Friday, September 19, 2014
Guest Post: Author Anne Lipton
How/why did you start to write?
In second grade, I won a poetry contest in honour of Sooner Day at Sky Ranch Elementary School in Oklahoma City.
I began to write short fiction in junior high. Even on school projects, I enjoyed adding my creative stamp. Assigned to write sentences with a list of vocabulary word, I wrote a rhyming rap.
How did you become an author? What was your first published piece? Where was it published? How long ago?
I got my start as an academic author in the medical field. I have published scientific papers since college. But, I maintained my literary bent, too. As a medical student, I had a poem included in JAMA (the Journal of the American Medical Association).
Reflected on your writing process
I enjoy editing, but I love to write. Rather than writer’s block, I have writer’s flow—or flood—of ideas. This demands its own discipline
I usually have several irons in the fire, but try to prioritize each in terms of importance, input from collaborators, and deadlines. I try to write down (or email myself) any good idea I have, the moment I think of it. Occasionally, I wake up with inspiration and rush to the computer to immortalize it. However, I usually do my household tasks first, start in on writing mid-morning, and go to the gym mid-day. I get back to it in the afternoon or evening, which is my favorite time to write. I often get on a roll and work late, sometimes well past midnight..
The solitary nature of writing can be a bane to me. I have therefore made a point of making friends and getting together with fellow writers. We write and talk about writing and read and edit each others’ work.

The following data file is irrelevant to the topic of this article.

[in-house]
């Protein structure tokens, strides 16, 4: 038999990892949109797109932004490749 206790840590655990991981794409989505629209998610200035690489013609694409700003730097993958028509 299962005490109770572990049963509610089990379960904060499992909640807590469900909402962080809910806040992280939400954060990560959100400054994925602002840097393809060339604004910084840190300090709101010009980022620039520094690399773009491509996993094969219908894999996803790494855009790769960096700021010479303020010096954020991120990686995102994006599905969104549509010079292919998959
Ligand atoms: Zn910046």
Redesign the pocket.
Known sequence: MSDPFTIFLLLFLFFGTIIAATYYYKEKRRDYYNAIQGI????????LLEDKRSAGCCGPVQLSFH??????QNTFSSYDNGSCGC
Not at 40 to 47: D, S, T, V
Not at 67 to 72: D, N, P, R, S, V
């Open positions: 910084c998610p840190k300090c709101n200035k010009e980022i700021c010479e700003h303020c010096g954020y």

What did you do before embarking on your writing career?
I am a neurologist by training, but now write full-time. My background in medical writing provided me with a great deal of experience in editing, criticism, and rejection, but also in the joy of publication.
Was it an asset to your writing? How?
A neurologist is like a medical detective. My well-honed observational and research skills, as well as my understanding of people, come in handy as a writer.
What inspires you?
Art, dance, history, food, language, music, people, and places. The brain. And unsolved mysteries:
One fierce mild day, in the cobbled courtyard of Dublin Castle, a guide’s casual mention of the century-old unsolved theft of the Irish Crown Jewels captured my curiosity and sparked my imagination. I was living in Dublin at the time, and spent the next two years researching and writing my first novel, The Emerald Eye, a story of the hunt for this missing treasure.
Please share one of your successful author platform building technique
Make and carry book cards. These are business cards with an image of your book cover on the front. If you don’t have a published book, then you might play up your blog, etc. Put your contact information and useful links on the back, which might include a QR code linking to your website.
Write what you love.